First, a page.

Mooser, perhaps there is a difference between believing and living a cheap melodrama and being any Gentile? I imagine if Jerry Spinger wanted to, and he could get away with it, he could do a new show featuring only Jewish Americans, and it would be as informative and entertaining as his seminal show, and quite as lucrative. What is it about Gentile history and existence which would make any Gentile anything but suspicious of anyone who claimed to lead them (even the light onto the Gentile types)? Nevertheless, it’s historically true that non-elite Jews have paid very disproportionately with their lives and little treasures when compared to their leaders. Can’t you say the same about non-elite Gentiles? If not, why not? If so, I don’t grasp your point there–unless you’re a semi-secret ethnic elitist yourself but don’t recognize that. Perhaps you have that in common with Jerry Springer?
        I’d rather admire your more obvious grasp of what it means to be human, fully human–sans the ethnic attire.

      • Mooser
        December 8, 2010, 11:26 am

        “You would think that just the fact that that very type of consciousness is so sought after by Gentiles as proof of elite status (only poor people are smart, being dumb is a privilege of the elite) might make Jews suspicious of it.”

        Sorry, I was losing my normally placid temper. It just drives me nuts when Jews are allowed to widen their eyes and “But I didn’t know” Drives me batty. How could they not know? Why did they not find out. How could they not imagine?
        Another words, we are supposed to be so goddam smart, but when it comes to Israel and Zionism, it’s perfectly all right to pretend to the most absurd innocence.
        But there I go again! I can’t even think about this without losing my equanimity. And it’s so expensive to go and find it and get it back.

      • Mooser
        December 8, 2010, 11:34 am

        Maybe the best way I can put it is this: Go and find me the Jew who professes the same ignorance about the Holacaust. Go and find me the Jew who says “But they weren’t really trying to wipe us out, were they?” Or, “That wasn’t slave labor, everybody has to contribute to the war effort in their country”
        Or “Well it was legal under German law, so it was allright” and so on. They would be considered insane, right? And their suppositions of Nazi goodness would make you angry.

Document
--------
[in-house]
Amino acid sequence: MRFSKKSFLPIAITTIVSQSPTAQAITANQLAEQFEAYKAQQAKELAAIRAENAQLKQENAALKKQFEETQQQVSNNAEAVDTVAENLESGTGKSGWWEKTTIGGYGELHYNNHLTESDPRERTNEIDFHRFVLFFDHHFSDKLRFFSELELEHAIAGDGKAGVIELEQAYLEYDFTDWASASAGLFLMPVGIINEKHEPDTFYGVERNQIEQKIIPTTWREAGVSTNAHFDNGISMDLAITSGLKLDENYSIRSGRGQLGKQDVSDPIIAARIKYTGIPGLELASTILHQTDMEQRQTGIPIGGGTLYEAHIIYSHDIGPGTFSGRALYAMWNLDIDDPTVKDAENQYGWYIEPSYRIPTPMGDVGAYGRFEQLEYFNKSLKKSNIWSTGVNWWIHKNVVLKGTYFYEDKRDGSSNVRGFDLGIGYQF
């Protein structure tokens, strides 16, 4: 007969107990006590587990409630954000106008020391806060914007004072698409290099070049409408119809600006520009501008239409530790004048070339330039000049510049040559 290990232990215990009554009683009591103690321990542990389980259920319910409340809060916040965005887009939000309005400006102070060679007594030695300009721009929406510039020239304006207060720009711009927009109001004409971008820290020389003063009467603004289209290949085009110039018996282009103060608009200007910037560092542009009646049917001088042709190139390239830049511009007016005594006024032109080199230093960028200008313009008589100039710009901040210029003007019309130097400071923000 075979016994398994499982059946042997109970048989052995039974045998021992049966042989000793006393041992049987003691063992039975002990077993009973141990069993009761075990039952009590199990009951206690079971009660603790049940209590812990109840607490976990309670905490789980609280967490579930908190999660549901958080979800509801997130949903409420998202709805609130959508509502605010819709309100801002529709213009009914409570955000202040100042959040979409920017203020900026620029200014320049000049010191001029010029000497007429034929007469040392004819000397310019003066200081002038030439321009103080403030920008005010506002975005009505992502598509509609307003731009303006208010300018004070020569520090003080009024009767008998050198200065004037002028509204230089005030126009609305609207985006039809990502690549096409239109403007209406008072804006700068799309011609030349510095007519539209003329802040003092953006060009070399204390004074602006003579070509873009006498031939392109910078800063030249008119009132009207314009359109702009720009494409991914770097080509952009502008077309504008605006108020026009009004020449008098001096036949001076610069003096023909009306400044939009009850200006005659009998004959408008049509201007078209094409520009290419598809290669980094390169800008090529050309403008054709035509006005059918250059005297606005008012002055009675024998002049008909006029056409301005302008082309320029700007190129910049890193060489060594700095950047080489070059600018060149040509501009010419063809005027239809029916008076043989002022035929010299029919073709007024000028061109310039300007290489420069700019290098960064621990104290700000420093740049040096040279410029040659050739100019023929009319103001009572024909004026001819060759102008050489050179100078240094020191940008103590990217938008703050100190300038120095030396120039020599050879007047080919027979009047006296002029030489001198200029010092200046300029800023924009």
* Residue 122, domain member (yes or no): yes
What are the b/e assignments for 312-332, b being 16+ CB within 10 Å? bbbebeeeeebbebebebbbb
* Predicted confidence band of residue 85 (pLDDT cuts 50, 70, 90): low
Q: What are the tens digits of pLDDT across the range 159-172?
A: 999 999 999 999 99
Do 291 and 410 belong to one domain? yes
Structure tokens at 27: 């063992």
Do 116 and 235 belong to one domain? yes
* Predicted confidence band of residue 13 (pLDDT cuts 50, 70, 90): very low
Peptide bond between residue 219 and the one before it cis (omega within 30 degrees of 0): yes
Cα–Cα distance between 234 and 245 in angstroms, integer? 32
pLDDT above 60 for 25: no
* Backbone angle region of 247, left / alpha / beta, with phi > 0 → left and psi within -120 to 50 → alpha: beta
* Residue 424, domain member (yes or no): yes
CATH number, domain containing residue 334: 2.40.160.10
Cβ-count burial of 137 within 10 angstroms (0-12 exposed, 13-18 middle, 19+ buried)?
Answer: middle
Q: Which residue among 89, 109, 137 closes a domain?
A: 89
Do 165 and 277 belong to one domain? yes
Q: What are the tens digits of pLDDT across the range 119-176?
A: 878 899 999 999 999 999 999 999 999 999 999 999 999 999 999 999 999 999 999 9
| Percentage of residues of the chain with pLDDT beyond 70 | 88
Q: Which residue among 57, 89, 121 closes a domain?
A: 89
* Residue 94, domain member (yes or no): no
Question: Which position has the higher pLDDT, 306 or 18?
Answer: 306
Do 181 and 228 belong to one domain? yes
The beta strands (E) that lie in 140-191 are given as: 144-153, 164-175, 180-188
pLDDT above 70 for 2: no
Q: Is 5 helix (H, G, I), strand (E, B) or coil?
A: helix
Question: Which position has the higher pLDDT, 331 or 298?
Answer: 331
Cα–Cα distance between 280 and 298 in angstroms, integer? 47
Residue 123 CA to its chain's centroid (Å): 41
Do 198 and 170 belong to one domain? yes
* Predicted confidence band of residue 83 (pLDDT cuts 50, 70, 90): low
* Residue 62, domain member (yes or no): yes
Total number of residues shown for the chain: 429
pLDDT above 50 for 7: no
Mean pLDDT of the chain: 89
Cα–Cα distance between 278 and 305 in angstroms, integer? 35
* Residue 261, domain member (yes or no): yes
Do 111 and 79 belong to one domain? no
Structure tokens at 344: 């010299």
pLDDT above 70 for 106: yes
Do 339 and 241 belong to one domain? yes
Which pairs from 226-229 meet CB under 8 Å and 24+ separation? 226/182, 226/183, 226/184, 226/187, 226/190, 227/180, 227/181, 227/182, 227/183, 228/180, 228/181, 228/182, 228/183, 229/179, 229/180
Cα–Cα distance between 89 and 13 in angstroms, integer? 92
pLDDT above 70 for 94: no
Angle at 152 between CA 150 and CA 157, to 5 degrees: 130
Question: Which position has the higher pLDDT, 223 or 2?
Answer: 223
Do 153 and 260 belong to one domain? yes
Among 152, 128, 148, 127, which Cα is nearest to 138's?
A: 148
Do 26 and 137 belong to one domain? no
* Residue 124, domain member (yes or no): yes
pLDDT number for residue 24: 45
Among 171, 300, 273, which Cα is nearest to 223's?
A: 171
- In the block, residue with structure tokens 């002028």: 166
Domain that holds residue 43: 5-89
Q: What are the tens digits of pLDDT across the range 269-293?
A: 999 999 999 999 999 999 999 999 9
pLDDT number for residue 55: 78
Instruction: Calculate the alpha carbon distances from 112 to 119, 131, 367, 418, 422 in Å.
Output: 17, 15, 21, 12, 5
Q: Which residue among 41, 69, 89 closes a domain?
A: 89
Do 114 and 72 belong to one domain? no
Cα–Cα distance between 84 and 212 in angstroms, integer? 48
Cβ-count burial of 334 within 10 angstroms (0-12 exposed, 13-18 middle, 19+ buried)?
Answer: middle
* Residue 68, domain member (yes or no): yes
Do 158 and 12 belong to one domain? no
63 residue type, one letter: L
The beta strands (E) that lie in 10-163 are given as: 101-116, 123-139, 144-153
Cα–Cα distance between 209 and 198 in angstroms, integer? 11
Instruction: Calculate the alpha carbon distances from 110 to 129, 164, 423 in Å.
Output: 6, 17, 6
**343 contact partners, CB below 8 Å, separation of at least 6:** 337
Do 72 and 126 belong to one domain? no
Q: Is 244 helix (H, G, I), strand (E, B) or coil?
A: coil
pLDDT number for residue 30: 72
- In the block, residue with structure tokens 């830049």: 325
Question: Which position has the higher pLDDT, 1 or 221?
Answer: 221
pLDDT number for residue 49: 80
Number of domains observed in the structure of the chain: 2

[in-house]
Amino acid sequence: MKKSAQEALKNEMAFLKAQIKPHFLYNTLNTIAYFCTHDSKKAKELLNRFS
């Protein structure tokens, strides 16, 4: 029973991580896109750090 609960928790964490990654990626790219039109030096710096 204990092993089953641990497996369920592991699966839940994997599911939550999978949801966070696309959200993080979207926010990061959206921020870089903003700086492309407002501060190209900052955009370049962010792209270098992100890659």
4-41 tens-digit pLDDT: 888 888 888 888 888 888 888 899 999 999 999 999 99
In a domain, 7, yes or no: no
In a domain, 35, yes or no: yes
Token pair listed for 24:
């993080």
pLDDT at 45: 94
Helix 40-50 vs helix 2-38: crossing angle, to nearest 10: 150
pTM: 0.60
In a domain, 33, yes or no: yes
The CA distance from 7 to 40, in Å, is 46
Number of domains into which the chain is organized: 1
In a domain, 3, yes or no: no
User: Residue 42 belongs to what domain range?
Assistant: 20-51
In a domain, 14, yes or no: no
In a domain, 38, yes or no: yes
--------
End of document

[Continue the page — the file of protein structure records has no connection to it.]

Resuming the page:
In fact, any atrocity story about the Nazis is believed with no proof. And it would be considered really dumb not to believe it. But the very same people can pretend to a wide eyed innocence about what went on, and what goes on in Israel.
        I can’t buy it.
        And I think, perhaps too cynically, that most of this change of heart is due to the fact that people are starting to realise that the credulity towards Israel and ZIonism no longer pays, so they start moving to the more acceptable (depending on who you want to be accepted by) position.

      • Mooser
        December 8, 2010, 11:35 am

        I’m gonna go find my equanimity. I think it’s in a little box in the music room. But where the hell is my lighter?

      • eljay
        December 8, 2010, 11:45 am

        >> I’m gonna go find my equanimity. I think it’s in a little box in the music room.
        Love the (unintentional?) Python reference… :-)
        link to orangecow.org

      • MRW
        December 8, 2010, 11:59 am

        Mooser December 8, 2010 at 11:34 am,

        On fire again today, Mooser, and appreciated. Your lighter is to the right of your computer, somewhere.

    • Kathleen
      December 9, 2010, 2:53 pm

      A choice to not know, not want to know, refuse to know. Whether it is becoming the hip thing in the Jewish community or it is being driven by the desire to save Israel from itself or is being driven by compassion and understanding. What ever the reason the movement the facts on the ground are moving by leaps and bounds.

      Keep pushing.

      Contact your Reps. Help tip the scale for justice.

  7. eee
    December 8, 2010, 11:51 am

    Mooser,

    Did you know this about your own country:
    link to theatlantic.com

    Doesn’t seem to hurt your “equanimity”.